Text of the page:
“Islamic medicine,” Lapham’s Quarterly 2 (4) (Autumn, 2009). Read it here.
“War without End? One-Thousand Years of Anti-Islam Discourse.” PhD Dissertation, Monash University, April 2010
from the Introduction…
The terrorist attacks of September 11, 2001 and their aftermath are just the latest reminder of the West’s complete and enduring failure to engage in any meaningful and productive way with the world of Islam. For almost ten centuries, attempts at understanding have been held hostage to a grand, totalizing Western narrative that shapes what can – and, more importantly, what cannot – be said and thought about Islam and the Muslims. This is no less true today, from the political arena to the counter-terrorism think tanks, from the Academy to the Internet “blogosphere,” than it was in the medieval halls of the Roman Curia and the courts of the European Crusaders.
Not surprisingly, this same narrative, which reflects what I call the anti-Islam discourse, exercises a profound and corrosive effects on a range of issues across the contemporary social sciences, including sociology, politics, the history of ideas, law, theology, international relations, human rights, and security studies. It dominates every aspect of the way social scientists think, and write, and speak about Islam and the Muslims. It shapes how they listen to what it is that Muslims say and interpret what it is they do. And it guides their research programmes, their private advice to governments, and their statements to the press and the public at large. This in turn has left Western societies both intellectually unprepared and politically unable to respond successfully to some of the most significant challenges of the early twenty-first century – the global rise of Islamist political power, the more narrow emergence of Islam-inspired terrorism, clashes between established social values and multi-cultural rights on the part of growing Muslim immigrant populations, and so on.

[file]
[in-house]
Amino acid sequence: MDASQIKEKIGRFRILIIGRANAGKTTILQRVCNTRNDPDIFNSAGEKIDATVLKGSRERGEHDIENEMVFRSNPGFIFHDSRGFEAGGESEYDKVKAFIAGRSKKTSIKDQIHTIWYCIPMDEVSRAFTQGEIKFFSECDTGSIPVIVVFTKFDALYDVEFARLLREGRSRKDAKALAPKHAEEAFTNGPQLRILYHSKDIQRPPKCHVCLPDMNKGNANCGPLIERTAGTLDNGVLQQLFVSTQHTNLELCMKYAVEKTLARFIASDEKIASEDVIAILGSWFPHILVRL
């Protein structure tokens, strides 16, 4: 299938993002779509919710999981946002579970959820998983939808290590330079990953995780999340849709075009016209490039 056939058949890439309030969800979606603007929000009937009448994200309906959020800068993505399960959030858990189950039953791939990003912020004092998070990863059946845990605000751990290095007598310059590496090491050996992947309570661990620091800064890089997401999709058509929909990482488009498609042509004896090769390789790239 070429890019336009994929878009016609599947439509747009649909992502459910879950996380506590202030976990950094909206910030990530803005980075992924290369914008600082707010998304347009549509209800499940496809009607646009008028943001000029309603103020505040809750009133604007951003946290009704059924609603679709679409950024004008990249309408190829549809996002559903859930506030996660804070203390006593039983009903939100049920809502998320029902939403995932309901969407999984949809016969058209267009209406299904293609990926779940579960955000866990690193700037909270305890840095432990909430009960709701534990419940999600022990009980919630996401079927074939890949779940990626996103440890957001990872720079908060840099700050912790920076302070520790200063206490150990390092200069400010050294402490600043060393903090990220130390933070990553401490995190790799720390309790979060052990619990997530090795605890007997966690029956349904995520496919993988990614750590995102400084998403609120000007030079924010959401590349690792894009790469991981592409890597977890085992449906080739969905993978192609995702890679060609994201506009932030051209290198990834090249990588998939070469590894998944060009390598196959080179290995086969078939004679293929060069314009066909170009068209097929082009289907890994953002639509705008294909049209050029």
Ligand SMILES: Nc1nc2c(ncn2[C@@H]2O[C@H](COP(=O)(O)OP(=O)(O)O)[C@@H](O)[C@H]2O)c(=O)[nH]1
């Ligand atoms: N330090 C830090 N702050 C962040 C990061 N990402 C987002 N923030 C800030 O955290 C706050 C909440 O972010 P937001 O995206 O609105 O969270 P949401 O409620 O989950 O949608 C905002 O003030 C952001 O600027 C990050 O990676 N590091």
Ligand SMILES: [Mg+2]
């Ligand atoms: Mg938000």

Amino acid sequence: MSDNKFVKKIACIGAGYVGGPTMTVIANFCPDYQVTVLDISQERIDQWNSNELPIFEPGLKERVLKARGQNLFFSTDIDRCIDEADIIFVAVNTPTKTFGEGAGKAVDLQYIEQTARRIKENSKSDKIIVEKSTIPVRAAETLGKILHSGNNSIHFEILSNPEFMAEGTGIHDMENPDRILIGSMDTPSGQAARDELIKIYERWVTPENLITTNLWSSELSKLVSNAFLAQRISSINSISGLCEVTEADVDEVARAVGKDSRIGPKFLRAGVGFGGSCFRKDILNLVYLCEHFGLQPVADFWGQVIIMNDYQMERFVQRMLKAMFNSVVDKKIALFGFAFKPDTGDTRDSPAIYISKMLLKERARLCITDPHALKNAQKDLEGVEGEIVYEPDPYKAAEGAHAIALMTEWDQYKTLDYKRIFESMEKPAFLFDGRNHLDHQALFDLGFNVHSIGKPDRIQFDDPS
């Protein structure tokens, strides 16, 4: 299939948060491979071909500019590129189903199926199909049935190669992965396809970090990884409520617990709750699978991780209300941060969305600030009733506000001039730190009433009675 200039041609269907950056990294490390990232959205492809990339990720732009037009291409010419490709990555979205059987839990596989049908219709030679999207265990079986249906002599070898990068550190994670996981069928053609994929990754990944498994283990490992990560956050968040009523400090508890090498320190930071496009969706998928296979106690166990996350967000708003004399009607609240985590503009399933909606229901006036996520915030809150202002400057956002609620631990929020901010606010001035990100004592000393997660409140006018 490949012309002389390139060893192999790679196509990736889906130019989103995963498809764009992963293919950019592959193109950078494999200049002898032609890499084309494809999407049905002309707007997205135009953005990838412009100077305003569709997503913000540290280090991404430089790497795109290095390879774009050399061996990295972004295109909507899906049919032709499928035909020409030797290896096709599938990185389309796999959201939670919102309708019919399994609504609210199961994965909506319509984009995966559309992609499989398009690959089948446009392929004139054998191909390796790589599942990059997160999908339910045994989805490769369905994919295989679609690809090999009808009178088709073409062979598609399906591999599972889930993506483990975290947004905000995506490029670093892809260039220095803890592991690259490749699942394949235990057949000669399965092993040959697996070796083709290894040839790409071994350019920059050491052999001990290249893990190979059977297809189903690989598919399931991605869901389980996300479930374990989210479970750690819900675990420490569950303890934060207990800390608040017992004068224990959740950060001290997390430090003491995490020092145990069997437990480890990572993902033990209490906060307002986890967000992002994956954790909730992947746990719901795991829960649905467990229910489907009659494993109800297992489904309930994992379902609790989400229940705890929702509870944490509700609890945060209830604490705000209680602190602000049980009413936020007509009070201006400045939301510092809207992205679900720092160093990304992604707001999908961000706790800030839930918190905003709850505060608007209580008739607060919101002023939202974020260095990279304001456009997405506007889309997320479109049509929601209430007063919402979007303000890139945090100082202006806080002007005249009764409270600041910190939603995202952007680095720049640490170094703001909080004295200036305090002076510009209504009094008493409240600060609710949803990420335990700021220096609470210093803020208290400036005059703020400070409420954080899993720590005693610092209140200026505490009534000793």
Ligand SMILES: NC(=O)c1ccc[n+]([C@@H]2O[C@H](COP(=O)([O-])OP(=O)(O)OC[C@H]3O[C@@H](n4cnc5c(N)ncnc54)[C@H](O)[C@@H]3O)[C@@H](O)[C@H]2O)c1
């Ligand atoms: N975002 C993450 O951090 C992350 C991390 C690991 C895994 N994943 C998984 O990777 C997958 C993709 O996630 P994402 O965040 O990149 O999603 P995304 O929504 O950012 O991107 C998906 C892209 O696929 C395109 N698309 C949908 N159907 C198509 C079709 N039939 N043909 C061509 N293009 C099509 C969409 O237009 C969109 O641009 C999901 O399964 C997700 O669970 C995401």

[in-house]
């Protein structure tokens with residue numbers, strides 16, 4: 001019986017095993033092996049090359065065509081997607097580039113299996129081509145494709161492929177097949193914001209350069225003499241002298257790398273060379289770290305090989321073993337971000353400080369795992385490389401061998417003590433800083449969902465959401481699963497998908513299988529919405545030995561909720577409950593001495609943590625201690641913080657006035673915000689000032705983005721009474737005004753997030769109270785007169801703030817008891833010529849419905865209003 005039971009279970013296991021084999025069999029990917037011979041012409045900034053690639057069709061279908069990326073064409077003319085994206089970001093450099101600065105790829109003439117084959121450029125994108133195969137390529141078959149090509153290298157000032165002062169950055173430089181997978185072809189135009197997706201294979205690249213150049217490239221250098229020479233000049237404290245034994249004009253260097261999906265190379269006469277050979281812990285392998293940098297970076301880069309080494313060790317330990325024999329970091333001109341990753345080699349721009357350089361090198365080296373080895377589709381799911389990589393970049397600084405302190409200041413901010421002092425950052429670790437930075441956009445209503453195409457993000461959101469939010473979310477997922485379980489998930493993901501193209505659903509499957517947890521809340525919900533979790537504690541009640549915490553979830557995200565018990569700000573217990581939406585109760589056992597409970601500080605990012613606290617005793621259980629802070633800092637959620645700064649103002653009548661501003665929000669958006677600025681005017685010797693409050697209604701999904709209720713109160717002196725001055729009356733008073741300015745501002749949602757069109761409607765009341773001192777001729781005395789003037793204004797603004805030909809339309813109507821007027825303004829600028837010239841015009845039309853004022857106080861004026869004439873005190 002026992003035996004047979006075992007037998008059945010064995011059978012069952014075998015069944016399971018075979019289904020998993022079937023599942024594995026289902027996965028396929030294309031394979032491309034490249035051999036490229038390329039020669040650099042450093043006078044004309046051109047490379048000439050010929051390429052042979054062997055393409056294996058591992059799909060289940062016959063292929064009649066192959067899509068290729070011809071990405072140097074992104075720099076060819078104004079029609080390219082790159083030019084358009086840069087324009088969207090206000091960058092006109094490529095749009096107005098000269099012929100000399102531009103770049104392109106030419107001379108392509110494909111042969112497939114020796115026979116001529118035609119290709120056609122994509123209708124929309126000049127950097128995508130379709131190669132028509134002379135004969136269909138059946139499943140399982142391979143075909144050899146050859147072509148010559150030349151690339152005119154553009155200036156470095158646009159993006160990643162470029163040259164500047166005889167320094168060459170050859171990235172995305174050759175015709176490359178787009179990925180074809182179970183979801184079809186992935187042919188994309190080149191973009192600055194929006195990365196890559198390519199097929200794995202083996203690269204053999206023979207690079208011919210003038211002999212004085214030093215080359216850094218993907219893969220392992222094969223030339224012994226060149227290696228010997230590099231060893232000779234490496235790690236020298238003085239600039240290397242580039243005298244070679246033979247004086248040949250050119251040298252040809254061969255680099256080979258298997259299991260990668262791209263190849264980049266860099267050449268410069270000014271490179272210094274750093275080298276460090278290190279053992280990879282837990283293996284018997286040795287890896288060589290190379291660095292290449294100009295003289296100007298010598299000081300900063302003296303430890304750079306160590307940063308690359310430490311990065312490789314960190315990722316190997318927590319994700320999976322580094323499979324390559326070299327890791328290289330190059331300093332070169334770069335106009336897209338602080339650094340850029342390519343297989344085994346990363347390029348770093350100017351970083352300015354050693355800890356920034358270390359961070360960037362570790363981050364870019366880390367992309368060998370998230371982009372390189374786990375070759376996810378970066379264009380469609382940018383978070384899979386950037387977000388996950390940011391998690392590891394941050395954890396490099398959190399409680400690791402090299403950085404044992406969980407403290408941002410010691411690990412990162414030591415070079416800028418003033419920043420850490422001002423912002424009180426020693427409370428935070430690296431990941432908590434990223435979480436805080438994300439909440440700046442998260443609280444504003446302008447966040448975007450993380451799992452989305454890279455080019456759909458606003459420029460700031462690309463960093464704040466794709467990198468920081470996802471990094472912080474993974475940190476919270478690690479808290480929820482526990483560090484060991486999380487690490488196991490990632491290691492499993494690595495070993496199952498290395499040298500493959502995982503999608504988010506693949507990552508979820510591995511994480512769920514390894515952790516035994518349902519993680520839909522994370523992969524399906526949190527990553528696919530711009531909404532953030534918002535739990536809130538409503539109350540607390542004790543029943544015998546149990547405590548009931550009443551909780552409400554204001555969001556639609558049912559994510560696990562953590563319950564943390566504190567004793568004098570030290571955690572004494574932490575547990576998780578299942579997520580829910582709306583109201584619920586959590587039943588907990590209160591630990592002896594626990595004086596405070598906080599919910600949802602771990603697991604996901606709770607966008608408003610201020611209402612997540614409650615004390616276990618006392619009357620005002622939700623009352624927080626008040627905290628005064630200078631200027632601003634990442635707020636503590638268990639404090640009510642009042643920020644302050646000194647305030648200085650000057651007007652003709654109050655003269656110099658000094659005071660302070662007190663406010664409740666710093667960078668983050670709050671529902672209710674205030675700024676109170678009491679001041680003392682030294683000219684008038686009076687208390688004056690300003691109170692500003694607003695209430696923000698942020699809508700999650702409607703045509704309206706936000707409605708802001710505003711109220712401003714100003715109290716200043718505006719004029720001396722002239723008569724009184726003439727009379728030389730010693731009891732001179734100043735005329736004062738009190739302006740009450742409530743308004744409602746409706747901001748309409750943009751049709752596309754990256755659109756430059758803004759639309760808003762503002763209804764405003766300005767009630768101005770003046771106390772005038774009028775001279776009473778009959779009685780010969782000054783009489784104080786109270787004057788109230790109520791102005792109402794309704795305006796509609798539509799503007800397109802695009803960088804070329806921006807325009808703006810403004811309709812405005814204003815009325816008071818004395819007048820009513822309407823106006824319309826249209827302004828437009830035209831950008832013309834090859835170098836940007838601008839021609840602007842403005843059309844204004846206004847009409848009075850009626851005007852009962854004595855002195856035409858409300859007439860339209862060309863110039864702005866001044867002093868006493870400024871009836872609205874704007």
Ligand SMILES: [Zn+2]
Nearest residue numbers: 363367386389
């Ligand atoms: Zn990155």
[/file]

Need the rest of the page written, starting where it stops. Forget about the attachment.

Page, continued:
Properly unpacked, the anti-Islam discourse can be shown to provide more than just the context and imagery that surrounds the war on terrorism, the present wave of Islamophobia, or the broader cultural project advanced by adherents of Huntington’s coming civilisational clash, first advanced in 1993. While it is a relatively simple matter to “connect the dots” between this discourse and the present state of tensions between Occident and Orient, to stop there would be to overlook the profound nature of a discourse that has silently shaped one thousand years of shared history – and one that seems destined to shape the future as well. Its powers extend well beyond the war on terrorism – and explain a whole host of subtle but important derivative effects, without which the clash of civilizations thesis that underpins this war would be literally unthinkable.
“The Prophet and the Pope:
Why the West Doesn’t ‘Get’ Islam”
A paper delivered before the
Society for the Scientific Study of Religion
October 19, 2008
ABSTRACT: Pope Benedict XVI’s recent assertion that the use of force in religion is in keeping with the Muslim conception of a God whose omnipotence transcends rationality put on global display a narrative with roots in the earliest popular images of Islam, essentially Church propaganda from the First Crusade. This paper applies the “archaeology” of Michel Foucault to explain the creation of this anti-Islam discourse and argues that Benedict was “misled” not by errant facts or misinterpretations but by a discourse that allows for no other statements about Muslims but that they are prone to violence and irrational to boot. There was literally nothing else the pope could say. It then locates the persistence of this unchanging discourse, a phenomenon for which Foucault cannot account, in a succession of Western social groups that have benefited from its survival until today. This shifts the question away from intellectual history toward a classic problem for sociological inquiry – cui bono?